Chemical fixation is a common technique used to preserve cellular and tissue structure for biological samples. Ideal fixation processes should happen quickly to minimize artifacts. The fixatives enter the cells by diffusion. To minimize artifacts, consideration should be taken on the size of the sample (the smaller the better), pH, osmolarity and temperature of the buffer, fixation chemical, and fixation time.
Choice of Chemicals:
Aldehydes such as glutaraldehyde and formaldehyde are the most commonly used fixatives.
Glutaraldehyde is great for crosslinking proteins while formaldehyde, due to its small molecular size, can penetrate into cells quickly; however, aldehydes lack the ability to fix lipids present in the sample.
(2) Osmium Tetroxide
Osmium tetroxide is excellent for fixing and preserving membrane structure for TEM observation and adds electron density to the sample.
(3) Acetic Acid
Acetic acid is often used to quickly fix samples; however, because the cells are dehydrated quickly, cell shrinkage is a common artifact. This is often used to observe tissue samples such as leaf vein patterns.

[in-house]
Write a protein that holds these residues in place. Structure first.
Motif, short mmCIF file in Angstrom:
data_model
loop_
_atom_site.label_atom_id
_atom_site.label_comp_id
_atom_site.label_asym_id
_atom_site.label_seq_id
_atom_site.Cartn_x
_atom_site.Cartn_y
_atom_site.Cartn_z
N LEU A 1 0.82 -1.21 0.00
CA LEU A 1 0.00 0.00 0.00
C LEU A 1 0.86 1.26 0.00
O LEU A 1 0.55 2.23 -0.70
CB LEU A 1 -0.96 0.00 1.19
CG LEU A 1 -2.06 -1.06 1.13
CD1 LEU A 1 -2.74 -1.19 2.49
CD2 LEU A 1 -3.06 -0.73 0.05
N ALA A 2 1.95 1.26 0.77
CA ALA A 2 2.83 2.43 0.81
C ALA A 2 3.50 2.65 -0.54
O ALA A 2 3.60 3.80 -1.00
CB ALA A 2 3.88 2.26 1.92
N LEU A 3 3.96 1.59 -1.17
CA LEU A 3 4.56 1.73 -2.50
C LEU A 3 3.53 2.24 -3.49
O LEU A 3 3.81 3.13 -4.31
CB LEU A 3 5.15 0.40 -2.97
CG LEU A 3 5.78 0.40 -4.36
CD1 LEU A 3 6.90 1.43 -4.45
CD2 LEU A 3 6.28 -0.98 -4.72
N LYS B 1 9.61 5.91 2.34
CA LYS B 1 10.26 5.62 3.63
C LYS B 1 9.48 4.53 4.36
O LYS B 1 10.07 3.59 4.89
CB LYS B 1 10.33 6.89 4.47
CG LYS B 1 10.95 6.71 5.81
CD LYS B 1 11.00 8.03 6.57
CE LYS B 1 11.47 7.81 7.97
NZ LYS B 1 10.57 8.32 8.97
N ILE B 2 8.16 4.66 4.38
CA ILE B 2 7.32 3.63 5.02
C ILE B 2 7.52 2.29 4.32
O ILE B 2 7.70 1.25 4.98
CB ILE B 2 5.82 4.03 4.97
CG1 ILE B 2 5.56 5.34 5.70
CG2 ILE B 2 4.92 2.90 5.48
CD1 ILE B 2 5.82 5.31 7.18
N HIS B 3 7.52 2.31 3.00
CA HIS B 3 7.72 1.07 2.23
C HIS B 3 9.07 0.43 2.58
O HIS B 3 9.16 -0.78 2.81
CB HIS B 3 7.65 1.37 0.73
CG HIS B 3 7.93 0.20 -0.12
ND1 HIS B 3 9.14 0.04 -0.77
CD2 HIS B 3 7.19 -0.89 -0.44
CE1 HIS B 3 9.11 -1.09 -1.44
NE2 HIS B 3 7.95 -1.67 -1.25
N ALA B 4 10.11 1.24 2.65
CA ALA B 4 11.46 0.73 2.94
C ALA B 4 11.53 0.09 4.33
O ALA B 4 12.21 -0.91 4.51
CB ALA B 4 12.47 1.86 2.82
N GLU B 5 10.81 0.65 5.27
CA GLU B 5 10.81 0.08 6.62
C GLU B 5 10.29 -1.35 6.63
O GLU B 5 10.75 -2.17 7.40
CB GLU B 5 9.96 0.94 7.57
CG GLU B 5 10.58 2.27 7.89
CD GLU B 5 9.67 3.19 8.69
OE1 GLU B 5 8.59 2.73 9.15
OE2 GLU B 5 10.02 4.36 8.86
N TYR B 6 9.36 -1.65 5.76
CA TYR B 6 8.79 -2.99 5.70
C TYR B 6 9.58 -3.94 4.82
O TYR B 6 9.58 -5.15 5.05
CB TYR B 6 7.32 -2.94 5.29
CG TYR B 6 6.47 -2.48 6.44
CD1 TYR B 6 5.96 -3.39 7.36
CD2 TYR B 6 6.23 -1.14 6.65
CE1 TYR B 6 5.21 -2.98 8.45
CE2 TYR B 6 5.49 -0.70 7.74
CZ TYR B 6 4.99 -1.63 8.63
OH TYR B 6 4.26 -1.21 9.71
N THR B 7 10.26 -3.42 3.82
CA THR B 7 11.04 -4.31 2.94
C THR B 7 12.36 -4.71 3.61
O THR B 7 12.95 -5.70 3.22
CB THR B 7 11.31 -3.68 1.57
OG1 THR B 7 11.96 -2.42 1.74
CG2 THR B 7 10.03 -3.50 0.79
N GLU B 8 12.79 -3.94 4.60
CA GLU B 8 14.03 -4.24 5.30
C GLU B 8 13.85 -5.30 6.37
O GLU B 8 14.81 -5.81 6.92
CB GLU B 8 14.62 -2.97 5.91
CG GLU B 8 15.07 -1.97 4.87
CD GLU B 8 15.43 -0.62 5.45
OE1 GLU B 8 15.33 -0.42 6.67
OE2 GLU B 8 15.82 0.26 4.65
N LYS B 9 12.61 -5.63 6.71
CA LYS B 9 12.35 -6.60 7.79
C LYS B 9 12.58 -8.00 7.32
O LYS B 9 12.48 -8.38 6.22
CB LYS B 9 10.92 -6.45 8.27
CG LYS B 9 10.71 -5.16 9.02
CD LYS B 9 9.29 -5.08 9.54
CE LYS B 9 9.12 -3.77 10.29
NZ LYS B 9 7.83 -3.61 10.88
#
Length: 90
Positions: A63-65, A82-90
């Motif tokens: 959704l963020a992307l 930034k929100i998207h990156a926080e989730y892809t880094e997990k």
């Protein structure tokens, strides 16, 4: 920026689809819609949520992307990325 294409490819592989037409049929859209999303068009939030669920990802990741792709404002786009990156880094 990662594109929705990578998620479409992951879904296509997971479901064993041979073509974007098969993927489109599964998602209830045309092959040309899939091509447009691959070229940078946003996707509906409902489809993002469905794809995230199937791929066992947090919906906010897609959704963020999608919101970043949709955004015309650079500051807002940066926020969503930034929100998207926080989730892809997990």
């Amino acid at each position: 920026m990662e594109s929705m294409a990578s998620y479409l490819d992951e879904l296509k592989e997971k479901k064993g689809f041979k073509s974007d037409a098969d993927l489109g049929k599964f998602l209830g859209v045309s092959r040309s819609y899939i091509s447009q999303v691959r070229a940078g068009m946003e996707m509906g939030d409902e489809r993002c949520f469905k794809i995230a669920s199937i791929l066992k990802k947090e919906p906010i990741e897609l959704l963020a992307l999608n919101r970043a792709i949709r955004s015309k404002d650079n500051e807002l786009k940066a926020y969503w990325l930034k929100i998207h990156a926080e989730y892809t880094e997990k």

25% Glutaraldehyde EM grade (ampoule) in the fridge
16% Formaldehyde EM grade (ampoule) in the fridge
2% Aqueous Osmium solution in the fridge
0.2M Sodium cacodylate buffer or 0.2M Phosphate saline buffer
The fixative is a mixture of buffered chemicals that is made in the fumehood just prior to fixation due to the chemicals toxicity.
For example, commonly used aldehyde fixatives in the BIF are 2.5 % Glutaraldehyde and 4 % formaldehyde in 0.1M Sodium cacodylate buffer.
Depending on the sample being fixed, the choice of fixative will vary.
The samples need to be completely submerged in the fixatives to ensure the cells are properly preserved.
For the sample having thick cuticles and cell walls, fixation can be done under vacuum to facilitate the diffusion of chemicals into the cells.